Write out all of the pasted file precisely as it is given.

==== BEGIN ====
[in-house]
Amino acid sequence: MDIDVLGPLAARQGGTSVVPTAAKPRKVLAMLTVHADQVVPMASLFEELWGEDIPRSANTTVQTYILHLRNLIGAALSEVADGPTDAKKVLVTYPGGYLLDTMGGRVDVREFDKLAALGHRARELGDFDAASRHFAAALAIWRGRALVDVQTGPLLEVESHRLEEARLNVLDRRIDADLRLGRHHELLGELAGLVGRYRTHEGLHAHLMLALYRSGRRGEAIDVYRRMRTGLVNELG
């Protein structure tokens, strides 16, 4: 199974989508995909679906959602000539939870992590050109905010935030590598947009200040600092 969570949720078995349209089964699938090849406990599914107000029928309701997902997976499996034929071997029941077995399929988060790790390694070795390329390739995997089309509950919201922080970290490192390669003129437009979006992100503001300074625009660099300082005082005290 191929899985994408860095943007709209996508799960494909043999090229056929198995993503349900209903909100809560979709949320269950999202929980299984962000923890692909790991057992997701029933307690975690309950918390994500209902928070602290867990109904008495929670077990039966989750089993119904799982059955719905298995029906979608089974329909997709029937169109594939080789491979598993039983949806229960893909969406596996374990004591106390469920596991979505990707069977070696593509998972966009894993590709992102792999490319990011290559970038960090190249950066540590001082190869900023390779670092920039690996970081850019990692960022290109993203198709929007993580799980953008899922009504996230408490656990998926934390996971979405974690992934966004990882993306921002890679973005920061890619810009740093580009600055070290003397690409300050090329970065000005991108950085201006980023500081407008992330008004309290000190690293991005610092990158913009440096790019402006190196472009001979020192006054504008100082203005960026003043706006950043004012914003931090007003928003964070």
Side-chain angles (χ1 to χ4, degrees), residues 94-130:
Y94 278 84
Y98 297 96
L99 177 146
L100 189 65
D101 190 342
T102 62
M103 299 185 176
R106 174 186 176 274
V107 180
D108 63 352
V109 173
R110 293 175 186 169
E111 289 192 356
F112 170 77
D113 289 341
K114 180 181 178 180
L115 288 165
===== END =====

[in-house]
Amino acid sequence: MDIDVLGPLAARQGGTSVVPTAAKPRKVLAMLTVHADQVVPMASLFEELWGEDIPRSANTTVQTYILHLRNLIGAALSEVADGPTDAKKVLVTYPGGYLLDTMGGRVDVREFDKLAALGHRARELGDFDAASRHFAAALAIWRGRALVDVQTGPLLEVESHRLEEARLNVLDRRIDADLRLGRHHELLGELAGLVGRYRTHEGLHAHLMLALYRSGRRGEAIDVYRRMRTGLVNELG
């Protein structure tokens, strides 16, 4: 199974989508995909679906959602000539939870992590050109905010935030590598947009200040600092 969570949720078995349209089964699938090849406990599914107000029928309701997902997976499996034929071997029941077995399929988060790790390694070795390329390739995997089309509950919201922080970290490192390669003129437009979006992100503001300074625009660099300082005082005290 191929899985994408860095943007709209996508799960494909043999090229056929198995993503349900209903909100809560979709949320269950999202929980299984962000923890692909790991057992997701029933307690975690309950918390994500209902928070602290867990109904008495929670077990039966989750089993119904799982059955719905298995029906979608089974329909997709029937169109594939080789491979598993039983949806229960893909969406596996374990004591106390469920596991979505990707069977070696593509998972966009894993590709992102792999490319990011290559970038960090190249950066540590001082190869900023390779670092920039690996970081850019990692960022290109993203198709929007993580799980953008899922009504996230408490656990998926934390996971979405974690992934966004990882993306921002890679973005920061890619810009740093580009600055070290003397690409300050090329970065000005991108950085201006980023500081407008992330008004309290000190690293991005610092990158913009440096790019402006190196472009001979020192006054504008100082203005960026003043706006950043004012914003931090007003928003964070």
Side-chain angles (χ1 to χ4, degrees), residues 94-130:
Y94 278 84
Y98 297 96
L99 177 146
L100 189 65
D101 190 342
T102 62
M103 299 185 176
R106 174 186 176 274
V107 180
D108 63 352
V109 173
R110 293 175 186 169
E111 289 192 356
F112 170 77
D113 289 341
K114 180 181 178 180
L115 288 165